Report (PDF, 108 KB)

 09.30 - 11.00 hrs
Discussion round 5

AI implemented inventions as prior art

A key legal requirement in patent law is that an invention must be disclosed in a patent application in enough detail to enable a hypothetical person skilled in the art to understand and carry out the invention. With inventions that rely on AI, the specific details of how exactly the invention arose may not be available for a variety of reasons. This poses a challenge to both the patent drafter and the prior art searcher in all fields of technology where AI is applied. How does one describe or search for technical details that are difficult to explain or that are simply unavailable? Add to this the ever-expanding public domain repositories of computer generated data and the search for prior art indeed becomes an arduous task. During this discussion round, we will explore these issues and discuss some ways in which to cope with the inevitable concerns.
Report (PDF, 87 KB)

Discussion round 6

CPC website: what do you need to avoid getting lost in the CPC information labyrinth?

The EPO and USPTO created the CPC website (cpcinfo.org) when the CPC was launched in 2013. Since then, the CPC has evolved, and so have the needs of the user community. The EPO is planning to revamp the site in 2021 and would like to get as much input from its users as possible, to make the new website as user friendly as possible with easy ways to access all the information: no one should get lost in the new CPC website!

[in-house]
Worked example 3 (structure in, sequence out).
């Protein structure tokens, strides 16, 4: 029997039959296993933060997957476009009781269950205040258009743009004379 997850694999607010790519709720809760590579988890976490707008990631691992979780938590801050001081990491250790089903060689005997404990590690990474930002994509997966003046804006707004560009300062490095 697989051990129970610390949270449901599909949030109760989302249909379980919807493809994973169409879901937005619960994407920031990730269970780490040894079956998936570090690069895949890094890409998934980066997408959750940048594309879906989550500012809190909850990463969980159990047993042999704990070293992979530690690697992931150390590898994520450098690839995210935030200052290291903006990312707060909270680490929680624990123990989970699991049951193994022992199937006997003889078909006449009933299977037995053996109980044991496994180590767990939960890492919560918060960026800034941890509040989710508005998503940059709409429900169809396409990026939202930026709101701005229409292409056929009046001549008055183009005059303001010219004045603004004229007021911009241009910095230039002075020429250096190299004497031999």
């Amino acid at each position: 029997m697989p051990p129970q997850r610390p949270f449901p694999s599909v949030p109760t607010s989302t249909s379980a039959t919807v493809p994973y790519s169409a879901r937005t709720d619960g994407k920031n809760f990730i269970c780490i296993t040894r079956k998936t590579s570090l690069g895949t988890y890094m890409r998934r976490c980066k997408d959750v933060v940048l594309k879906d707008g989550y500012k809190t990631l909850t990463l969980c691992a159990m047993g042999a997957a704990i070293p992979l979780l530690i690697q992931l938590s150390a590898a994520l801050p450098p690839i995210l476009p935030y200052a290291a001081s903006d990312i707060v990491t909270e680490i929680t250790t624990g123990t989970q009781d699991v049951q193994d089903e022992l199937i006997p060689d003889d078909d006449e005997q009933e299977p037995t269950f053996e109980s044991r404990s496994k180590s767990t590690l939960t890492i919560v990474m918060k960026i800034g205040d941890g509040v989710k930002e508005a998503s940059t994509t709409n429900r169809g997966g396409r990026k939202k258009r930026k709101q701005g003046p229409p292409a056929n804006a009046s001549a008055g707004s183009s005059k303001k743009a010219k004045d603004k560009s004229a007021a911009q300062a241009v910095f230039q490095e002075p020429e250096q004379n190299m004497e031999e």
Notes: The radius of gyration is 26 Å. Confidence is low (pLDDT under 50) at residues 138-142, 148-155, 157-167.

Participants to the discussion round are invited to familiarise themselves before the session with the CPC website (www.cpcinfo.org) and the "Cooperative Patent Classification - How to be kept up to date with CPC revisions?" given at the Patent Information Conference last year.
Report (PDF, 118 KB)

Discussion round 7

Non-patent literature: what are the searcher's needs and are they being met?

In recent years, the importance of non-patent literature for patent searching has grown dramatically. This session will explore how searching non-patent literature is different to searching patent literature, what data is available and where, and what today's tools can do to retrieve it. The session will also ask where the gaps are, how they could be met and by whom.
Report (PDF, 124 KB)

Discussion round 8

Espacenet one year on – does it meet the users' needs?

After one year of full operation of new Espacenet, it is time to reflect and discuss questions such as:

  • Have the objectives been achieved and the expectations been met?
  • Are the users satisfied?
  • What do users appreciate, and are there any gaps or needs not covered?

The discussion round will provide the opportunity for a vivid discussion looking back on one year of new Espacenet, its current status and the potential way forward. There will also be an opportunity to reflect on the feedback collected from the user community up to now and compare it with the findings of the discussion round.
Report (PDF, 138 KB)